Determinism has a number of different confusing usages, and it’s very easy to mix these usages up for free will debate. So what does it mean when someone uses the word “determinism” in regards to the free will topic? It simply means that every event is an effect of a cause. Every single one.

If we were to say that “The Universe is Deterministic”, what we’re saying is that, for every event that happens in the universe, some other event forces that outcome. In a deterministic universe, even at the teeniest tiniest Quantum scale, events that occur happen due to other existing factors. They are an effect of a cause.

What determinism doesn’t mean, and what people often confuse with determinism, is the ability to know all of the variables. In other words, determinism doesn’t imply predictability in the sense the we would be able to exactly know or predict an event. In chaos theory, trying to predict each variable to an exactness becomes impractical as one small mistake in a calculation can change the results in a drastic way. Such, however, is within the confines of an entirely deterministic (causal) setup.

In the world of the really small (Quantum Mechanics) we have a measurement problem. To “see” something at this scale (note: we don’t really “see” something at this scale in the literal sense of us visually seeing or observing it) we need to measure it. The problem when we get down to such a size, however, is that to measure a teeny tiny particle, we need to bounce something off of it that is the same size or almost the same size.

To analogize, think of measuring the temperature of a large tub of water with a thermometer. We place the thermometer into the water and due to the sheer volume of water, the thermometer is able to get a fairly accurate read. But imagine if that tub is now reduced down to a vile that is just a little larger than the thermometer itself. As soon as we place the thermometer into the vile, the temperature of the thermometer (the measuring device) gets dispersed into the vile of , changing the temperature of the water that is in the vile. We have a problem getting the temperature of the vile water due to the interaction with the measuring device itself.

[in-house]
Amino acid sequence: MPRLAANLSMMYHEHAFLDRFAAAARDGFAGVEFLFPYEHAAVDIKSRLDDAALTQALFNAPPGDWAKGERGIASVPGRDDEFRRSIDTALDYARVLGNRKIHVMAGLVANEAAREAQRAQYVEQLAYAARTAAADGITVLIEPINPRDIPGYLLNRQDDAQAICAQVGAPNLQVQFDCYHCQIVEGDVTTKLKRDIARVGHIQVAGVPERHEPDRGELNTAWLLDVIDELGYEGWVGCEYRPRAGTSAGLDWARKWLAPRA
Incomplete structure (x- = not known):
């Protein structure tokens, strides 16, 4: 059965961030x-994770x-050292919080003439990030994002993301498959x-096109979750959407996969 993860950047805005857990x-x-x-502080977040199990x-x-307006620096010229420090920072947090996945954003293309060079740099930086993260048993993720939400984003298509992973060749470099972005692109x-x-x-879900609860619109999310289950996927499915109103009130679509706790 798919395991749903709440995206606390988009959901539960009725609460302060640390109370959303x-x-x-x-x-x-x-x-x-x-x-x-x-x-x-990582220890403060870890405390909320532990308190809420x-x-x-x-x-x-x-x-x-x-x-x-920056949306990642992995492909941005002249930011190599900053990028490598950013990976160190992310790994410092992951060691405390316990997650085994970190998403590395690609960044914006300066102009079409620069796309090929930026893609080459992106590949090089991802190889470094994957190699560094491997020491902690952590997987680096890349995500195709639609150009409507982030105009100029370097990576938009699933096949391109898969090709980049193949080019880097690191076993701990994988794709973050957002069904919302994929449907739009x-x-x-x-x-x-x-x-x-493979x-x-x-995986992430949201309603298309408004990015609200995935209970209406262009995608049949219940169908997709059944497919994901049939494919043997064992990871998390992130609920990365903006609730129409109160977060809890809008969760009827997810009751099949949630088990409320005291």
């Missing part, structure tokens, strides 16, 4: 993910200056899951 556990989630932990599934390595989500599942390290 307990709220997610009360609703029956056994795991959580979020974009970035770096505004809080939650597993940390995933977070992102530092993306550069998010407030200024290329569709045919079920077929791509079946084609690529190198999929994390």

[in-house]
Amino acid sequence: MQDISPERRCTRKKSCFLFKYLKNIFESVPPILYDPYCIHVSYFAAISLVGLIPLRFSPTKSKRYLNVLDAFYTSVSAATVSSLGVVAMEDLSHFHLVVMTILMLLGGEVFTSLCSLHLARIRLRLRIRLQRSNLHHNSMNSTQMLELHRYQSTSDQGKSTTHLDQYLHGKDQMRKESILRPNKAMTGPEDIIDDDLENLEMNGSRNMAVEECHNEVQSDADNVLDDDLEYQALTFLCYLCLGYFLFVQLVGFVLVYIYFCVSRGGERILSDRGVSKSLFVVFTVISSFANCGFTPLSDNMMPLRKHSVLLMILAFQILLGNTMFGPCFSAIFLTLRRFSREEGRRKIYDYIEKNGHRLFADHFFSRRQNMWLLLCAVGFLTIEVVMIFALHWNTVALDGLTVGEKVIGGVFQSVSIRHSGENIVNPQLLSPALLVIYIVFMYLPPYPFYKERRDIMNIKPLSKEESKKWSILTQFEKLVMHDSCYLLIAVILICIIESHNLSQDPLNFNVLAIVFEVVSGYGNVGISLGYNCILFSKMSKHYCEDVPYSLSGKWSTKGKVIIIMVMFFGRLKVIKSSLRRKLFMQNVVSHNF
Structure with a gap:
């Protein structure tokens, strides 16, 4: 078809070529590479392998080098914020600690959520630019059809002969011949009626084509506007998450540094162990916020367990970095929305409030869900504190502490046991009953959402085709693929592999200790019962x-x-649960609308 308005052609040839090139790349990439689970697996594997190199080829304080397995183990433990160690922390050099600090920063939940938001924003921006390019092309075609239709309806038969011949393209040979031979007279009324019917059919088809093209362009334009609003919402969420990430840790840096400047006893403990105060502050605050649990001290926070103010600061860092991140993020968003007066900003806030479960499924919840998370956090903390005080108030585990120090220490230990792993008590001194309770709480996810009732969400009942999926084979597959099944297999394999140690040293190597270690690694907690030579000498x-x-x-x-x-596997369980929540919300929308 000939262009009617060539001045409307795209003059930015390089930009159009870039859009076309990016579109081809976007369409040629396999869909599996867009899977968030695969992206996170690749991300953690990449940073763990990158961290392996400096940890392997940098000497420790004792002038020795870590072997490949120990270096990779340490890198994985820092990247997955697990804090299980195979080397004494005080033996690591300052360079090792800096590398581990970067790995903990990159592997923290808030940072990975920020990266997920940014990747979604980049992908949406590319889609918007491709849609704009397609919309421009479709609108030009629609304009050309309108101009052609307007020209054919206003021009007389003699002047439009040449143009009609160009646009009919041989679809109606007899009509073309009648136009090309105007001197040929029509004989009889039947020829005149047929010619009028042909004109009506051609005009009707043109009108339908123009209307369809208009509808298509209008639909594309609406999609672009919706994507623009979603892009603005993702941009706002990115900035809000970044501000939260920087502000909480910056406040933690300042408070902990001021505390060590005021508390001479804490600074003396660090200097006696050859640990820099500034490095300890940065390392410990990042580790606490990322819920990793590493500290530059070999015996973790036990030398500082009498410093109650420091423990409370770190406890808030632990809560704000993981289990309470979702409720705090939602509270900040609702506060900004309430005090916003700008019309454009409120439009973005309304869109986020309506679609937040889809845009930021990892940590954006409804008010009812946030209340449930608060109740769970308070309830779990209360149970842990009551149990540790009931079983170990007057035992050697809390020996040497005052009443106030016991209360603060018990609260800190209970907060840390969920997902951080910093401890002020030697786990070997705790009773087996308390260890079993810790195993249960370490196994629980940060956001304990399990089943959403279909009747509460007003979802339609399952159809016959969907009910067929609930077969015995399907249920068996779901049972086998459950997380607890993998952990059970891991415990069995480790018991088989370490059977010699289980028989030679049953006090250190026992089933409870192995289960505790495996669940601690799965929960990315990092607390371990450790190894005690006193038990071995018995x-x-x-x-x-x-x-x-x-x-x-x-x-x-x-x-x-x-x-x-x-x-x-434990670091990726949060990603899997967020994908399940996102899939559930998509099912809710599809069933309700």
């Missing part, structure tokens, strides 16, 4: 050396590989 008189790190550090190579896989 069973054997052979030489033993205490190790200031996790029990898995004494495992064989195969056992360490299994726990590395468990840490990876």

A similar thing happens at the quantum scale. If we want to make a measurement of a particle, the measuring device we use basically entails sending other particles to interact with it. The interaction itself, however, is a causal event that takes place to the particle and hence changes it.

Also, in quantum mechanics, we have what is called the “uncertainty principle”. This means we simply cannot measure both the position and the momentum to an exactness at the same time. The more accurately we attempt to measure one, the more blurred becomes the other. Depending on ones “quantum interpretation” this could happen due to there being acausal events (in which case we would no longer be talking about a deterministic universe), or it can happen due to hidden variables (in a deterministic universe).

Another counter intuitive idea is that, in such a deterministic universe, the hidden variables at the Quantum scale would need to be “non-local”. This means “action at a distance”.  An example of a non-local hidden variable interpretation of Quantum Mechanics is called Bohmian Mechanics or the de Broglie–Bohm theory. Non-local variables would make an entirely deterministic universe not entirely predictable, unless we were somehow able to see and understand the non-local causes that happen.

But it matters not. Determinism as used for the free will debate has literally nothing to do with us being able to know all of the variables (or to be able to predict with exactness). It has to do with the events having causes, and what it (logically) means that they do. I go over this thoroughly in the book Breaking the Free Will Illusion for the Betterment of Humankind.


For further information on Determinism and some of the confusions that arise with this term please read: